A History of French Architecture: From the Reign of Charles VIII till the Death of Mazarin - Vol. 1

By Reginald Theodore Blomfield | Go to book overview

CHAPTER IX
THE DU CERCEAU FAMILY

I HAVE already referred to the détente, the check that arrested the development of French art in the last quarter of the sixteenth century. Nothing seemed to prosper in that country after the massacre of St. Bartholomew. The old generation had died out: Goujon first, De l'Orme in 1570, Primaticcio, his life-long rival, in the same year, and Lescot and Bullant in 1578. From that date to the end of the century France was no country for the arts, and in 1588 came the Nemesis of St. Bartholomew. In December of that year the Duc de Guise and his brother the Cardinal were murdered, a fortnight later Catherine de Médicis died bewildered and uncared for at Blois, and in the summer following ( August 1589) the last of the Valois was assassinated by Jacques Clément. The tragedy was in full swing: there could be no place for literature and the arts until it was played to a finish. The arts in France were, in fact, in a state of suspended animation in the last quarter of the sixteenth century. There was neither money nor opportunity for their exercise, and the result was a perceptible slackening in the line of development.

Catherine de Médicis was to some extent responsible. She possessed to an unfortunate degree some of the worst qualities of her family, the habit of intrigue, of interference, of disregard of loyalty and fair dealing. Moreover, she laboured under the disadvantage of a great name. Because the Medici had been munificent and discerning patrons she felt that she too must play her part in the protection of the arts. She was obsessed by the mania for building prevalent in France in the earlier part of the century, and the worst of it was that her taste was extremely bad and extremely obstinate. Having little real insight into the arts, she insisted on interfering at all points in the design of her buildings, overrode the suggestions of her artists, and insisted on their carrying out her ignorant caprices. De l'Orme tells us that Catherine devised the plaques and patches of coloured stones and marbles at the Tuileries. She treated Bullant in much the same way at the Hôtel de Soissons.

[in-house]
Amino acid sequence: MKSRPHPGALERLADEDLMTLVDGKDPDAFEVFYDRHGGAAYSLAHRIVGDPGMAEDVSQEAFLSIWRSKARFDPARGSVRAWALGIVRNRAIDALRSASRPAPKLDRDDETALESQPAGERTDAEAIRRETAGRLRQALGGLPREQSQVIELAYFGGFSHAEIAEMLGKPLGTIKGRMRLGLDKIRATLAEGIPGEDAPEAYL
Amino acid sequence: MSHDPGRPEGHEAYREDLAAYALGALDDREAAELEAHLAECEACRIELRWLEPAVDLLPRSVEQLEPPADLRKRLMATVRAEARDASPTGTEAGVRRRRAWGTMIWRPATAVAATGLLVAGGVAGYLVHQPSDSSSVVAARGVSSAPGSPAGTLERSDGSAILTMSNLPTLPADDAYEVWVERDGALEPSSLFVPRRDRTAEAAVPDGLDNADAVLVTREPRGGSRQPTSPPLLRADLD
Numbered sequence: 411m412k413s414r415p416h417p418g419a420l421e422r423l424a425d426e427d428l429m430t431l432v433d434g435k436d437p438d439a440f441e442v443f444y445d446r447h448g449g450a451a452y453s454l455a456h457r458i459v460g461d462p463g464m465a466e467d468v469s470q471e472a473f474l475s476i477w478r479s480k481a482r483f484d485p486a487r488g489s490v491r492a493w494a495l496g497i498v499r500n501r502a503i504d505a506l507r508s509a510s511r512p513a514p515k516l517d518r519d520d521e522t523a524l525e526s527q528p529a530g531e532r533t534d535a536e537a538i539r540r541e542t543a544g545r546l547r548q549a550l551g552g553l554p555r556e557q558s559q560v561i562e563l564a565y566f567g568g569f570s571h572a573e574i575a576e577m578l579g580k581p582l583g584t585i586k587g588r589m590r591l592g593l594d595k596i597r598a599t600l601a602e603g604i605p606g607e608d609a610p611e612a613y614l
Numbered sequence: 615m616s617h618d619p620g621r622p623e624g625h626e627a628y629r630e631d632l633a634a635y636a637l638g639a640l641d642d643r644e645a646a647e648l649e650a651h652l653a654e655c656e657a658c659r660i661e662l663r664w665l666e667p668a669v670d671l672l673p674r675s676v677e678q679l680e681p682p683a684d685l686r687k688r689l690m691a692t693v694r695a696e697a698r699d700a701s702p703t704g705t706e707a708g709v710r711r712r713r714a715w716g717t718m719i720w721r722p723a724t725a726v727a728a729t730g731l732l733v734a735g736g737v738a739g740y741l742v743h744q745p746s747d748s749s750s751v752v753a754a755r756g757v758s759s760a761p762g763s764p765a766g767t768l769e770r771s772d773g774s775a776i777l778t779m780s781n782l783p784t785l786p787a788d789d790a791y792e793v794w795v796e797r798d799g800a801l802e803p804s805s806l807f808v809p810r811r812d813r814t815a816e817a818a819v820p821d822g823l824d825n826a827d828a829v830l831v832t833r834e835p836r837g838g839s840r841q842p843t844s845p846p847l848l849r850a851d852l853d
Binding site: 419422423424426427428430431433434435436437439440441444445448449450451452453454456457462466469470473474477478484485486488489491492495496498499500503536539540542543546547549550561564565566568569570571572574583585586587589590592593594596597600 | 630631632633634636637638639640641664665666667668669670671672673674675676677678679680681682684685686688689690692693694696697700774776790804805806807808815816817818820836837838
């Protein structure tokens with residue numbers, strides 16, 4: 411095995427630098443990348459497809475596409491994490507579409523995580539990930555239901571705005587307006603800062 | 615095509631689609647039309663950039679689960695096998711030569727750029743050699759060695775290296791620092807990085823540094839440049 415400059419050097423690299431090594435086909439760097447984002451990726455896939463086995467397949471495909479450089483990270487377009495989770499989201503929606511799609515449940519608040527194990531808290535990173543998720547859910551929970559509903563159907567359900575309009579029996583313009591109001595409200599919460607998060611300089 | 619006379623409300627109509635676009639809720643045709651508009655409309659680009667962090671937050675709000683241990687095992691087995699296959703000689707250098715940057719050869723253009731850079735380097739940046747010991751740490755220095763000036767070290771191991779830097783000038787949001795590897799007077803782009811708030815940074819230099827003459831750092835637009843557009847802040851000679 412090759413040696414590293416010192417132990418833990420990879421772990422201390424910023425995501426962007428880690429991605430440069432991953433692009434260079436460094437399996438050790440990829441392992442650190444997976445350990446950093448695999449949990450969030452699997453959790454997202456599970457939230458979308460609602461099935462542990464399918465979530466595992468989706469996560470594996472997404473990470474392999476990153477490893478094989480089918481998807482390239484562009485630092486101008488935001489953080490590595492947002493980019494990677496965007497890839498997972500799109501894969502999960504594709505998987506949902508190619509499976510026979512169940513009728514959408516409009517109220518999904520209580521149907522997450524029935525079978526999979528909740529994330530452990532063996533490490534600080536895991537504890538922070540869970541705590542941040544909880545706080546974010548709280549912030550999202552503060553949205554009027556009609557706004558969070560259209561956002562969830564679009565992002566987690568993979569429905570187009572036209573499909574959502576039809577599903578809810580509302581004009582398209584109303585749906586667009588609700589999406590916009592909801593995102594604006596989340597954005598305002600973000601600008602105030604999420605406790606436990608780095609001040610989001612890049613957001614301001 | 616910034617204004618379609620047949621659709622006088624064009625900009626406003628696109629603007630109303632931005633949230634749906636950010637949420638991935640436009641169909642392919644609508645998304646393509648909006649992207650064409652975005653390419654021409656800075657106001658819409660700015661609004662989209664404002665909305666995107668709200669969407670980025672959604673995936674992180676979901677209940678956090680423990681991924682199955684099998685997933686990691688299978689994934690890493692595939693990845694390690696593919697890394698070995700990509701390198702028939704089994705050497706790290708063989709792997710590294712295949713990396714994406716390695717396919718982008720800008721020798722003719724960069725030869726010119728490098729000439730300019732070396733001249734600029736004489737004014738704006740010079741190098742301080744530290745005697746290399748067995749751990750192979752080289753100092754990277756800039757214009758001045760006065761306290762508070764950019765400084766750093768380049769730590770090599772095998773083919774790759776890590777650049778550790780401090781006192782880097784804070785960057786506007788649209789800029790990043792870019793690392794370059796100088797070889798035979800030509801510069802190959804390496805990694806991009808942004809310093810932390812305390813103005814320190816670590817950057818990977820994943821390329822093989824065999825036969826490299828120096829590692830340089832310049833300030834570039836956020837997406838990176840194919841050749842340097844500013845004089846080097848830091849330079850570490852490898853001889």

-140-

Notes for this page

Add a new note
If you are trying to select text to create highlights or citations, remember that you must now click or tap on the first word, and then click or tap on the last word.
One moment ...
Default project is now your active project.
Project items
Notes
Cite this page

Cited page

Style
Citations are available only to our active members.
Buy instant access to cite pages or passages in MLA 8, MLA 7, APA and Chicago citation styles.

(Einhorn, 1992, p. 25)

(Einhorn 25)

(Einhorn 25)

1. Lois J. Einhorn, Abraham Lincoln, the Orator: Penetrating the Lincoln Legend (Westport, CT: Greenwood Press, 1992), 25, http://www.questia.com/read/27419298.

Note: primary sources have slightly different requirements for citation. Please see these guidelines for more information.

Cited page

Bookmark this page
A History of French Architecture: From the Reign of Charles VIII till the Death of Mazarin - Vol. 1
Table of contents

Table of contents

Settings

Settings

Typeface
Text size Smaller Larger Reset View mode
Search within

Search within this book

Look up

Look up a word

  • Dictionary
  • Thesaurus
Please submit a word or phrase above.
Print this page

Print this page

Why can't I print more than one page at a time?

Help
Full screen
Items saved from this book
  • Bookmarks
  • Highlights & Notes
  • Citations
/ 169

matching results for page

    Questia reader help

    How to highlight and cite specific passages

    1. Click or tap the first word you want to select.
    2. Click or tap the last word you want to select, and you’ll see everything in between get selected.
    3. You’ll then get a menu of options like creating a highlight or a citation from that passage of text.

    OK, got it!

    Cited passage

    Style
    Citations are available only to our active members.
    Buy instant access to cite pages or passages in MLA 8, MLA 7, APA and Chicago citation styles.

    "Portraying himself as an honest, ordinary person helped Lincoln identify with his audiences." (Einhorn, 1992, p. 25).

    "Portraying himself as an honest, ordinary person helped Lincoln identify with his audiences." (Einhorn 25)

    "Portraying himself as an honest, ordinary person helped Lincoln identify with his audiences." (Einhorn 25)

    "Portraying himself as an honest, ordinary person helped Lincoln identify with his audiences."1

    1. Lois J. Einhorn, Abraham Lincoln, the Orator: Penetrating the Lincoln Legend (Westport, CT: Greenwood Press, 1992), 25, http://www.questia.com/read/27419298.

    Cited passage

    Thanks for trying Questia!

    Please continue trying out our research tools, but please note, full functionality is available only to our active members.

    Your work will be lost once you leave this Web page.

    Buy instant access to save your work.

    Already a member? Log in now.

    Search by... Author
    Show... All Results Primary Sources Peer-reviewed

    Oops!

    An unknown error has occurred. Please click the button below to reload the page. If the problem persists, please try again in a little while.